Lavinia Tudoran, deputy editor-in-chief of Antena 1, Romania.

U.S. and Romanian Experts Discuss the Impact of New Technologies on Communication

Communication experts from Romania and the United States told about 45 students, faculty and journalists gathered at the National School of Political Studies and Public Administration (SNSPA) in Bucharest in late May that the new technologies have changed dramatically not only the media landscape, but also the journalists’ status.

The speakers also explained how traditional media have tried to respond to these challenges and how new categories of communicators contribute to better informed communities.

“There currently are three major challenges for electronic media,” Dr. C. Ann Hollifield, head of the Department of Telecommunications in the Grady College of Journalism and Mass Communication at the University of Georgia, told the group in one of the panels.

“They are: identifying a workable business model, creating quality and transmedia content, and measurement of the audiences’ attention, engagement and action,” she said.

In the same session, Lavinia Tudoran, deputy editor-in-chief of Antena 1, described how Romanian TV news channels try to create new types of content combining information and entertainment.

“Our 24-hour news channel has been able to beat the Romanian generalist programs in some segments, due to a very dynamic coverage of news and to excellent documentaries it has produced,” she said.

Owen Ullmann, managing editor for print, USA Today, explained why many newspapers in the United States have abandoned their print versions.

It costs 50 times as much to publish a version of USA Today on paper and to distribute that version as it costs to publish and distribute the same version online, Ullmann told the group.

The cost for the print edition is $0.50, he said. The paper sells for $1 on newstands. It costs about $0.01 to create and distribute the electronic edition.

Owen Ullmann, managing editor for print, USA Today.

Dr. Lee B. Becker, director of the James M. Cox Jr. Center for International Mass Communication Training and Research, and Tiberiu Lovin, founder of the news blog, focused in their session on the impact of new technologies on citizens and community journalists.

“Citizens are now both consumers of news on their own terms and producers of news on their own terms,” said Dr. Becker. “The established media--and most of us as researchers-- underestimated the appetite of the audiences for both of these activities.”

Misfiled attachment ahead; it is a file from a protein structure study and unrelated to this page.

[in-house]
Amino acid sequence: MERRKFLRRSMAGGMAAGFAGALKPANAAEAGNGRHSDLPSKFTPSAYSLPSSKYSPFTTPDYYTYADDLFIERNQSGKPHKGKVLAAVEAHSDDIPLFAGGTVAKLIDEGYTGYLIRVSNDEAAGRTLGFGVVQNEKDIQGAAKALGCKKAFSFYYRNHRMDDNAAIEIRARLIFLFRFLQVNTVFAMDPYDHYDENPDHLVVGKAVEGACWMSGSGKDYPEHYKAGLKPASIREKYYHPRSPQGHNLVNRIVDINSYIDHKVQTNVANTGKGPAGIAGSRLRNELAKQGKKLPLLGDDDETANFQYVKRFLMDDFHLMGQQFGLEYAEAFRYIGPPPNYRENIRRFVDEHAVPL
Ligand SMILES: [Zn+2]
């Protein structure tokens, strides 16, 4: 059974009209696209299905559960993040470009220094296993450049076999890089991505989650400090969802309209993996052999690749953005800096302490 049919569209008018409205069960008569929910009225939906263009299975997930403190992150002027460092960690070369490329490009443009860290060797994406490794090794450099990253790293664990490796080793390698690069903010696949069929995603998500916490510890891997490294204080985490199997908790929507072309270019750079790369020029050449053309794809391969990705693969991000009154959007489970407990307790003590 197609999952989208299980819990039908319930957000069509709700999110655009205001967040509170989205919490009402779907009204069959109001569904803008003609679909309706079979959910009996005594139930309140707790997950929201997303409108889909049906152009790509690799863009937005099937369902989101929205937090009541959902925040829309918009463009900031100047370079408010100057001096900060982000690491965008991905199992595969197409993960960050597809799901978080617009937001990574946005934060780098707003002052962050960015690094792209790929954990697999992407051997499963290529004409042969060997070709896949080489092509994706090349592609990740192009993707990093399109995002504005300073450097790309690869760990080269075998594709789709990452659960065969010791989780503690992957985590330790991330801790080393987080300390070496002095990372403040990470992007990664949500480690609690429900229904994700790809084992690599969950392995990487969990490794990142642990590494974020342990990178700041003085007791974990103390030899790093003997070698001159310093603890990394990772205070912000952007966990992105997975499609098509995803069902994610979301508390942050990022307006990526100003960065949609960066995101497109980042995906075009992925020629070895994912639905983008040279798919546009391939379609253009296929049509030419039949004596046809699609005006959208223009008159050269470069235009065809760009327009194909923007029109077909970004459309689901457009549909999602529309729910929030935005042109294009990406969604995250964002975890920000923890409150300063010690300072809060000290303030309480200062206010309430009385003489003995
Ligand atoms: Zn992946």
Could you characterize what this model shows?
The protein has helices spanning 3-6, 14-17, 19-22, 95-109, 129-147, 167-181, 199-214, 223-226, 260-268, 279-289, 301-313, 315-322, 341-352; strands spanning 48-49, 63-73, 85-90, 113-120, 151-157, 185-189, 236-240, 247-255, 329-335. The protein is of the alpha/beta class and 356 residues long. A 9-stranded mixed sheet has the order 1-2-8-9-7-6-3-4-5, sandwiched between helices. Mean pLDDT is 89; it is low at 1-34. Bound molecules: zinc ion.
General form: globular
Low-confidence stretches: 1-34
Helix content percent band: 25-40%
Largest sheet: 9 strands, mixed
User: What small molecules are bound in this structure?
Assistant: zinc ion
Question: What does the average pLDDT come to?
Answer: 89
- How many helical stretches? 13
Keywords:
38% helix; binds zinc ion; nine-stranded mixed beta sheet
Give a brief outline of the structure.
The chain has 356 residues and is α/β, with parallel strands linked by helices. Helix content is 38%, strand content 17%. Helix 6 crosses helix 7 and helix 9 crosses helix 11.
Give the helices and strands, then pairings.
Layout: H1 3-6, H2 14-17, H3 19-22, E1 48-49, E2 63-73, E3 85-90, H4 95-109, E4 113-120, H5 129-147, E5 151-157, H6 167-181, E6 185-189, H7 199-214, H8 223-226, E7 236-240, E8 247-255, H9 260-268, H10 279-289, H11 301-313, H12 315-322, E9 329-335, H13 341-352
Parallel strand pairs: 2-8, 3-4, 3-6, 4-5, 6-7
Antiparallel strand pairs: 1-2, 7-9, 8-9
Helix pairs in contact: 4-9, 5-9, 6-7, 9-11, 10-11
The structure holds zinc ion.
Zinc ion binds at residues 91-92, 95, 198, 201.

Dr. Mira Moshe of the Ariel University of Samara, Israel, and Nir Refuah, head of digital, McCann Erickson, Romania, showed to the audience how the creativity of those working in television and advertising has been stimulated and enhanced by new technologies.

Dr. Tudor Vlad, associate director of the Cox International Center, said that both in the United States and Romania the audiences are looking for alternative sources of information, because many communities feel that traditional media do not cover issues that are relevant for those communities.

The workshop was the fourth in a series held by the Center for Research in Communication at the SNSPA and the Cox International Center, a unit of the Grady College of Journalism and Mass Communication at the University of Georgia.

Earlier workshops have focused on crisis communication, the responsibility of the media and media coverage of elections.

Opening comments were made by Dr. Nicoleta Corbu, dean of the College of Communications and Public Relations at SNSPA, Dr. Becker, and Dr. Remus Pricopie, minister of education in the Romanian Government.

“The relationship between the Grady College and our School of Communication now has a long and fruitful history,” said Dr. Pricopie. “We have organized workshops and conferences together, we’ve published books and studies together, and we have exchanged faculty. I hope that this partnership will continue and develop for a long time.”